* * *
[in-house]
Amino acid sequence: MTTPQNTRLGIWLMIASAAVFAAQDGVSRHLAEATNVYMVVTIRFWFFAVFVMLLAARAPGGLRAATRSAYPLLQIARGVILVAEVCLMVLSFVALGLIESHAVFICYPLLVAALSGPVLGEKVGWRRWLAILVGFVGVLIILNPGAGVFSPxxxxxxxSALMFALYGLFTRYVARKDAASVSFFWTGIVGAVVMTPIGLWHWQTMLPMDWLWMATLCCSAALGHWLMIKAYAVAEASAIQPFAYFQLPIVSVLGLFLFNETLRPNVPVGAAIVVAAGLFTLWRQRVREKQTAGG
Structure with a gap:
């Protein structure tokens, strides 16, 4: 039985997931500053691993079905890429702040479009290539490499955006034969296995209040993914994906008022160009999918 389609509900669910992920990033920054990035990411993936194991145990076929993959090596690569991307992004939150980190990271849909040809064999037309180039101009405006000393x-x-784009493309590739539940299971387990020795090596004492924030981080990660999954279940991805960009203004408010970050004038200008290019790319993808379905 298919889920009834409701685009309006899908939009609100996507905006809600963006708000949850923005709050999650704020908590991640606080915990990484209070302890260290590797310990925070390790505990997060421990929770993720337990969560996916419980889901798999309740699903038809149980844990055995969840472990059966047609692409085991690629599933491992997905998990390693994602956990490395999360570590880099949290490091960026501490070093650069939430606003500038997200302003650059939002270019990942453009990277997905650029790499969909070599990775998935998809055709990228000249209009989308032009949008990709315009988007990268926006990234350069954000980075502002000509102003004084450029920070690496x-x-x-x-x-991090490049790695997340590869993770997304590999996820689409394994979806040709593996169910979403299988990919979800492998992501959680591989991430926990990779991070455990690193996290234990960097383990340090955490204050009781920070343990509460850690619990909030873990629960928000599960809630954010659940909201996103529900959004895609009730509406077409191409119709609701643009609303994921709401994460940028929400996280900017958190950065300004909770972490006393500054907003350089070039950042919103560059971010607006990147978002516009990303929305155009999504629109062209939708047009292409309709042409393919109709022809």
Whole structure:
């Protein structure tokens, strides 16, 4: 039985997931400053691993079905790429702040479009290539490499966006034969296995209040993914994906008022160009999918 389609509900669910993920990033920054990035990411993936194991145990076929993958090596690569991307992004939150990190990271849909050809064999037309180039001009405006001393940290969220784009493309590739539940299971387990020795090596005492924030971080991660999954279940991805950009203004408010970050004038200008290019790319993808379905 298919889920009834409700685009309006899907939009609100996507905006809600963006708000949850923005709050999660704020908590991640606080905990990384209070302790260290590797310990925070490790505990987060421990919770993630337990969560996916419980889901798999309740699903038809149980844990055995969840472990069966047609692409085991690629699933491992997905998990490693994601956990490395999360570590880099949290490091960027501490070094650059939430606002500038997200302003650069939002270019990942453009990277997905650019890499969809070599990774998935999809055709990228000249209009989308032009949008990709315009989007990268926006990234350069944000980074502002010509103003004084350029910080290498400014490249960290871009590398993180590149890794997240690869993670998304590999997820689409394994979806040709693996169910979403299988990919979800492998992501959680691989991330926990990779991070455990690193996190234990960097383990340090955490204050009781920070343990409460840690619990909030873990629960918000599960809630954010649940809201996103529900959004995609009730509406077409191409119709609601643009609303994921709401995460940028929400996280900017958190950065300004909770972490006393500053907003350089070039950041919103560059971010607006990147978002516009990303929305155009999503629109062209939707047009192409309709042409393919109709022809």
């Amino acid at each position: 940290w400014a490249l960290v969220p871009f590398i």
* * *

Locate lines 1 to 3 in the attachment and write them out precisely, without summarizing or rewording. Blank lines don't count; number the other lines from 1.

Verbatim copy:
[in-house]
Amino acid sequence: MTTPQNTRLGIWLMIASAAVFAAQDGVSRHLAEATNVYMVVTIRFWFFAVFVMLLAARAPGGLRAATRSAYPLLQIARGVILVAEVCLMVLSFVALGLIESHAVFICYPLLVAALSGPVLGEKVGWRRWLAILVGFVGVLIILNPGAGVFSPxxxxxxxSALMFALYGLFTRYVARKDAASVSFFWTGIVGAVVMTPIGLWHWQTMLPMDWLWMATLCCSAALGHWLMIKAYAVAEASAIQPFAYFQLPIVSVLGLFLFNETLRPNVPVGAAIVVAAGLFTLWRQRVREKQTAGG
Structure with a gap: